A: On the Cello Cello, you’re going to sing the whole thing.
Q: What’s the most impressive thing people have done with this album?
A: I think they’re just so good right now that it doesn’t really matter anymore.
You can listen to the full interview over at Rolling Stone.
The federal government is making a major push to encourage provinces and territorial governments to make the shift to online services for communications, information and documents, and to help them adapt and develop.
Prime Minister Stephen Harper and Public Safety Minister Vic Toews say the government will give federal and provincial governments the responsibility to oversee the delivery of these services, and a mandate to work effectively together with industry, the federal government and non-governmental organizations to develop a national market.
Harper is also pushing for changes to the current licensing framework to bring the country in line with a digital economy, and for the creation of a government-industry joint strategy for digital services.
“From the provinces at the federal level we are trying to say you’re on the right track,” Toews said in an interview. “We are trying to help out with the implementation so that it comes down to the provinces who are actually setting this direction. It comes down to the provinces and territories being more effective in delivering these services to the public.”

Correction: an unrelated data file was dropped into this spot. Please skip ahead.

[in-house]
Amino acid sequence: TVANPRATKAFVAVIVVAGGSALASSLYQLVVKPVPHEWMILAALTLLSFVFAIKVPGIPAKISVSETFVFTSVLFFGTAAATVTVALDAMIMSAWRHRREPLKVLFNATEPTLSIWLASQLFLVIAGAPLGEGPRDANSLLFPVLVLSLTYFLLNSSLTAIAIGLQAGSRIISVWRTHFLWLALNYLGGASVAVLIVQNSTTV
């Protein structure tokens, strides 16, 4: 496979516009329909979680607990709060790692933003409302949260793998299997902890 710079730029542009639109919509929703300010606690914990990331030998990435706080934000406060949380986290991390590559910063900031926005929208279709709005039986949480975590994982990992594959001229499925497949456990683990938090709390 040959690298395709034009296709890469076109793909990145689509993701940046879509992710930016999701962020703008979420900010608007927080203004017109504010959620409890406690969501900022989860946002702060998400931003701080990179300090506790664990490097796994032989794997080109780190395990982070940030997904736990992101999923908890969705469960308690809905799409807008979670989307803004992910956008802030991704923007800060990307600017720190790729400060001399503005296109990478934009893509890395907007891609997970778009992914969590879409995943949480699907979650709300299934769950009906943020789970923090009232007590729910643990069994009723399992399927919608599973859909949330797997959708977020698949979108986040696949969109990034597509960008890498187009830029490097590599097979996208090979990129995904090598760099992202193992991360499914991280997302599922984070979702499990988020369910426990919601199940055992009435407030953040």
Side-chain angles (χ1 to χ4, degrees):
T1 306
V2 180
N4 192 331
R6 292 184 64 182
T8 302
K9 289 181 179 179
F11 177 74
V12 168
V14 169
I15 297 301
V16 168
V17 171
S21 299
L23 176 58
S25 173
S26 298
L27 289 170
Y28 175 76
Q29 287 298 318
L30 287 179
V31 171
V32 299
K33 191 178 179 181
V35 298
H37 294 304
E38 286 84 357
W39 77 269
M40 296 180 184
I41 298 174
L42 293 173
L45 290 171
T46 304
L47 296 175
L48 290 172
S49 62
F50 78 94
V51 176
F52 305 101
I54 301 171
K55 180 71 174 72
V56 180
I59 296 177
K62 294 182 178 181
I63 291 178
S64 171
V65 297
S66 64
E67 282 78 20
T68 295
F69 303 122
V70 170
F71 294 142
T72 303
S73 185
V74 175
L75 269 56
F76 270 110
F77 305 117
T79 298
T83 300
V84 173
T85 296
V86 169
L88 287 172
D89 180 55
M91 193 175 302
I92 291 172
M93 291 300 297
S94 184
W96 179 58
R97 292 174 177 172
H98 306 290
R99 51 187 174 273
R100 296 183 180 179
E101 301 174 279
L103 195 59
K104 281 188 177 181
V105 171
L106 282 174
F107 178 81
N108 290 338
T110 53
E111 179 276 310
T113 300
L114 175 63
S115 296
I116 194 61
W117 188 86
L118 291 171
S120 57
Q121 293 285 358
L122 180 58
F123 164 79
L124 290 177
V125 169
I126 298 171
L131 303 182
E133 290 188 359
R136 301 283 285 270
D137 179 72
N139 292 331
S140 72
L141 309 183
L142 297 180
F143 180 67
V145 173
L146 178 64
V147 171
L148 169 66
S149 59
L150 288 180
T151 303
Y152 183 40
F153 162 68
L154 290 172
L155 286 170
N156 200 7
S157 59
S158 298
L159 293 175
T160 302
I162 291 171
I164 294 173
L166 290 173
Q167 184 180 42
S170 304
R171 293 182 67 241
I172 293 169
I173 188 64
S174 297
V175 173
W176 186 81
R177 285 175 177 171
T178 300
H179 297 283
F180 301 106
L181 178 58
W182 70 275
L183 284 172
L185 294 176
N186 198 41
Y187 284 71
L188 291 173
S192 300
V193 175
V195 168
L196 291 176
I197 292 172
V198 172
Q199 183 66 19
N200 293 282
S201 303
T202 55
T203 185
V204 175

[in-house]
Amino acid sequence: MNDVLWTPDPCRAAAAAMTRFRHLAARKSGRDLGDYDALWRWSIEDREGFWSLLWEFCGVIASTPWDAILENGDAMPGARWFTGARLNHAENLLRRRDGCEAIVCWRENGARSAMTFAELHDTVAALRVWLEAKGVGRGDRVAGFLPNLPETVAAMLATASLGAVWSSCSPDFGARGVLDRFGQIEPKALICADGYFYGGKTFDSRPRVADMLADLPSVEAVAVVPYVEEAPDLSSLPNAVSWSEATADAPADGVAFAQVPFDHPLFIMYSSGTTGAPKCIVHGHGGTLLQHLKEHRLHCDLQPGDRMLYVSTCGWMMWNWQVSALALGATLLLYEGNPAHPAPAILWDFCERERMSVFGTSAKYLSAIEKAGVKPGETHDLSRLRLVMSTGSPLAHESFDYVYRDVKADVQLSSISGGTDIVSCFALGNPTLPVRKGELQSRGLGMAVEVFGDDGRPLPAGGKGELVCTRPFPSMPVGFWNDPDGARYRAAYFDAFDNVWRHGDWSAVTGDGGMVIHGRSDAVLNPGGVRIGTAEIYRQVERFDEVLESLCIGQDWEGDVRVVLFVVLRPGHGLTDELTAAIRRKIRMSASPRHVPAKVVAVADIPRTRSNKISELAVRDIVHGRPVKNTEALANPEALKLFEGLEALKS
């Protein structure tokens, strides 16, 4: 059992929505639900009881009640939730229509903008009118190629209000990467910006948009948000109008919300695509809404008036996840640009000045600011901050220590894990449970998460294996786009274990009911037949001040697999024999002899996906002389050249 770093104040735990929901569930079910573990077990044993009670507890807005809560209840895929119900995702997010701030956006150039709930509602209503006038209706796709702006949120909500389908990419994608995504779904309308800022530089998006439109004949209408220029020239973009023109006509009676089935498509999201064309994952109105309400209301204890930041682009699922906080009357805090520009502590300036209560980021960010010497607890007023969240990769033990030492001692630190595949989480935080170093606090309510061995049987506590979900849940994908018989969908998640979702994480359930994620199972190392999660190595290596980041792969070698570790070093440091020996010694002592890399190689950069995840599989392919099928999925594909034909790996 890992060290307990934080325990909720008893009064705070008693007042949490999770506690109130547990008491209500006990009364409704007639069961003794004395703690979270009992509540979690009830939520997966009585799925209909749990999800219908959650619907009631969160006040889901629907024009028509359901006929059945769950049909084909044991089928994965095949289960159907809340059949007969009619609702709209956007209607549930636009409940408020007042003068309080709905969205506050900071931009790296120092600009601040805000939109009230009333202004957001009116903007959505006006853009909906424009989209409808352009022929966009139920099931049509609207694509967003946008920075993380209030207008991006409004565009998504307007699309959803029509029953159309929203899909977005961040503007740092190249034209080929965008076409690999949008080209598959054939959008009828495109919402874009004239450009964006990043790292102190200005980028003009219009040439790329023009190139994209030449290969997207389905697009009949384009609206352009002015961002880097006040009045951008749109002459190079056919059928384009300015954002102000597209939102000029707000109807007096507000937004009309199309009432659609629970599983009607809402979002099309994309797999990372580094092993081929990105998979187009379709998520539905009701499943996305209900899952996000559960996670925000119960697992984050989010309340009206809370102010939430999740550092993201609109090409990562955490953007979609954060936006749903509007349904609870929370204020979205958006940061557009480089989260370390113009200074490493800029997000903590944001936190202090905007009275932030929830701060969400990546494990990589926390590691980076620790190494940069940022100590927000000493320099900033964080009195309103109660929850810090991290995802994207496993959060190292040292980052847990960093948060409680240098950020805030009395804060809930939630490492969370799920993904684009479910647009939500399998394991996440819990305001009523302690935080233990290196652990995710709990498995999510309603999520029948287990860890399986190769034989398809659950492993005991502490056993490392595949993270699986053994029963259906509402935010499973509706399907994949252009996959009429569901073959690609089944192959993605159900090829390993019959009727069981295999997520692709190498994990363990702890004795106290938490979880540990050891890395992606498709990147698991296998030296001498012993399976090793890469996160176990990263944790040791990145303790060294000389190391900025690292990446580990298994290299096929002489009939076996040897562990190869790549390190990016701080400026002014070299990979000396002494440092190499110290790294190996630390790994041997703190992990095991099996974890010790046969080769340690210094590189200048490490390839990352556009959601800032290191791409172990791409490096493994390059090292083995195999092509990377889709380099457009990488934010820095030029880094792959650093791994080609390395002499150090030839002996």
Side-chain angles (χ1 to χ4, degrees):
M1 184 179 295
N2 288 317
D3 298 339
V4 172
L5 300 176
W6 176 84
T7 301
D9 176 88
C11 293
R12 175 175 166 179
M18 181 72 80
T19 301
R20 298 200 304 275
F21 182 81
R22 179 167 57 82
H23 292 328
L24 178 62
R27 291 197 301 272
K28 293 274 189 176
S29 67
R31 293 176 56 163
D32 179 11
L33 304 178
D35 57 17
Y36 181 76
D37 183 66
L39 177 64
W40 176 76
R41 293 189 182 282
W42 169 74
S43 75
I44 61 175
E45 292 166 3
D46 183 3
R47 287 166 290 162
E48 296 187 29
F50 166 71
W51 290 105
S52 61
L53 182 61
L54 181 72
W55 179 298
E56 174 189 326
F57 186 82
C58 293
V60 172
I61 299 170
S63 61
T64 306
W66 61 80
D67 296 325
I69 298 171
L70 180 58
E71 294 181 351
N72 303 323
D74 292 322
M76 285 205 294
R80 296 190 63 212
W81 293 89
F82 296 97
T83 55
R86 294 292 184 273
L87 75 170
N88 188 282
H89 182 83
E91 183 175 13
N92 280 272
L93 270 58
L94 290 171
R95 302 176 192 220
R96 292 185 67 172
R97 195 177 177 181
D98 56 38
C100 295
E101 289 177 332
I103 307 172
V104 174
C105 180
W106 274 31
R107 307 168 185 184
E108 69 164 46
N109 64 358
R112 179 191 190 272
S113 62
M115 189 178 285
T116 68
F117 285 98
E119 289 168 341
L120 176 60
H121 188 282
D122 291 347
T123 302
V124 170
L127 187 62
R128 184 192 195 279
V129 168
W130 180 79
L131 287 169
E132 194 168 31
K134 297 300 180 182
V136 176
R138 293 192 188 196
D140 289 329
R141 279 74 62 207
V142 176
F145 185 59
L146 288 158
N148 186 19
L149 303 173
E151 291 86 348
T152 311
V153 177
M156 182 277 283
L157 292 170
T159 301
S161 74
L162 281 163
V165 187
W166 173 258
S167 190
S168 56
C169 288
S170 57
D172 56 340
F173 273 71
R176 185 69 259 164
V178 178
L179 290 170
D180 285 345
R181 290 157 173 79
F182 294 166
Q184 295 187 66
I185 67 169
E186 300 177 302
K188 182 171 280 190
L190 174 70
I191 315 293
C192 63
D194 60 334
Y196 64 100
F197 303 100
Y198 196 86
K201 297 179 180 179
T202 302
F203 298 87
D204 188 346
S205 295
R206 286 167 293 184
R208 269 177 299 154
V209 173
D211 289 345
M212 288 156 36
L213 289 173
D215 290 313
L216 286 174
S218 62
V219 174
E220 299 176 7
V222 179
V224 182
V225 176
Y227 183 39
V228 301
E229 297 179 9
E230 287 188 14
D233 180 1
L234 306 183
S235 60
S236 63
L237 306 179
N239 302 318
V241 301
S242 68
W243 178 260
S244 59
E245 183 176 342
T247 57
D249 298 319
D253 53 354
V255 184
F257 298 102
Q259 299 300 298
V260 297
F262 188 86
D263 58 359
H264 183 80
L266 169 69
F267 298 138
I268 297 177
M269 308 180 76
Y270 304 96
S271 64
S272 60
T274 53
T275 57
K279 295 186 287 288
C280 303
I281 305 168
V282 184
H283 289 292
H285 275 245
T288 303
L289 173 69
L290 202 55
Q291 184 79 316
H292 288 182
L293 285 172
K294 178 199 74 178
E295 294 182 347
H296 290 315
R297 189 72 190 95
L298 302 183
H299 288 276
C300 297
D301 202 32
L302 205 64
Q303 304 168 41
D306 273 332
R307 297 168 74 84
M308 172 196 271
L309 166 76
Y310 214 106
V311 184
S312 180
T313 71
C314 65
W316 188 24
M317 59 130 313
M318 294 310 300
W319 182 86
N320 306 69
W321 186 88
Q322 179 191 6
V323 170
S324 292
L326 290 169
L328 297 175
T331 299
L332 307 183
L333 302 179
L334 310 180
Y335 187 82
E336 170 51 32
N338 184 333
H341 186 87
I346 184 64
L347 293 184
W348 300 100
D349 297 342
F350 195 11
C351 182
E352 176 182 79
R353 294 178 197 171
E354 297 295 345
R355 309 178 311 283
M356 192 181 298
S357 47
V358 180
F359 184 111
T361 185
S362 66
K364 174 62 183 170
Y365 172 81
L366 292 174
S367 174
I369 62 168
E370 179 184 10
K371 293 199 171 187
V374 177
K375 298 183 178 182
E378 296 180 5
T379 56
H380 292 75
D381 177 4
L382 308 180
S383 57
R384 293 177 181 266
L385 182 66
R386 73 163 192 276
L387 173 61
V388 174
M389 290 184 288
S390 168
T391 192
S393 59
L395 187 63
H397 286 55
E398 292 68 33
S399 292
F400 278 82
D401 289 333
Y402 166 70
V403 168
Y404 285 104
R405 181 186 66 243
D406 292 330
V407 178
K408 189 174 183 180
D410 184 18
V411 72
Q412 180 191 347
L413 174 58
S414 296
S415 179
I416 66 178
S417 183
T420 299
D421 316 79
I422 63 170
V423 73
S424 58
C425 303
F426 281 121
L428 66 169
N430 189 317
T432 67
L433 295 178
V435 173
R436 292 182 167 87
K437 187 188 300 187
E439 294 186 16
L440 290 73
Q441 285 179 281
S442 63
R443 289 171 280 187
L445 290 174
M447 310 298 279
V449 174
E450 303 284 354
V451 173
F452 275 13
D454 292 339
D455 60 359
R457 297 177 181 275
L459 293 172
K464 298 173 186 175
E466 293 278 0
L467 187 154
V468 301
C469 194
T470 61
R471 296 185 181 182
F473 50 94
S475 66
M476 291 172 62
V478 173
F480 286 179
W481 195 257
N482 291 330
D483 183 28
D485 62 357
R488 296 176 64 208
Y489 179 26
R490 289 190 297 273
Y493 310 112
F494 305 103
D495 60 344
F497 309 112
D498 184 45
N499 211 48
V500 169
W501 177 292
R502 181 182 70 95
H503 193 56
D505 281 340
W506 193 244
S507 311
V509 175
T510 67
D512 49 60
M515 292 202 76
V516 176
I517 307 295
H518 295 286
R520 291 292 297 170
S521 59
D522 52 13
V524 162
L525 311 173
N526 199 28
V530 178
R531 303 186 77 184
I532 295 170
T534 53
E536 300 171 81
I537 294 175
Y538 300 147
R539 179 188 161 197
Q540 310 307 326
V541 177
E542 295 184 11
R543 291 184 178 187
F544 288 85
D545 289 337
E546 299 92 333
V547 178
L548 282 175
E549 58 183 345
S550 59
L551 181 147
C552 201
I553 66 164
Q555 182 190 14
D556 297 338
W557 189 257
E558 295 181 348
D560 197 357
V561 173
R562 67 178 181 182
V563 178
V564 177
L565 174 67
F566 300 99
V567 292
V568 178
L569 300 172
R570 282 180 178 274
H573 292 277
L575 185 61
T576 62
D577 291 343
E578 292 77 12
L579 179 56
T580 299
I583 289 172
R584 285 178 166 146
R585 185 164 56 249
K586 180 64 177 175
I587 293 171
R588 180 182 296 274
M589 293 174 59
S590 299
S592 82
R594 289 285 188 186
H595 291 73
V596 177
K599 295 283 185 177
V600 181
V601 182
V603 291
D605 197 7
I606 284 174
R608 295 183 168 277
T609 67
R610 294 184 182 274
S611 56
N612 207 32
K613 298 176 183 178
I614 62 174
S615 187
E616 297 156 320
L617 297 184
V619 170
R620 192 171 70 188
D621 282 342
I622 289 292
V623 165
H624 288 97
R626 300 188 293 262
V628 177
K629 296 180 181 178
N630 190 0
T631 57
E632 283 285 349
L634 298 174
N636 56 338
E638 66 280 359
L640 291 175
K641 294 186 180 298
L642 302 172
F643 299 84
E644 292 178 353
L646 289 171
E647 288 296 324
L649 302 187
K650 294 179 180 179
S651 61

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For Harper’s visit this week, he will be hosting the first of two roundtables with a number of industry groups who have urged governments nationwide to embrace open government. One of his main goals is to help the federal government win back local government support for its electronic services.
In a video released by the Prime Minister’s Office, Toews says the government is encouraging local governments in Canada to adopt open records laws that allow documents, online information and communications to be accessed online without a government-issued document or paper copy.
While not all governments in Canada are yet on board with these changes, Innes Willox, a former communications adviser to the Canadian Alliance of Federal Intergovernmental Relations Officials (CAFRRO) who has studied the impact of closed government on policy outcomes, says the federal and provincial governments are “taking that on face value” when they ask their staff to provide government documents online.
But Willox says it is also true that in general, governments in Canada are reluctant to provide online access to documents.
“The government may not want to disclose the information, but if the
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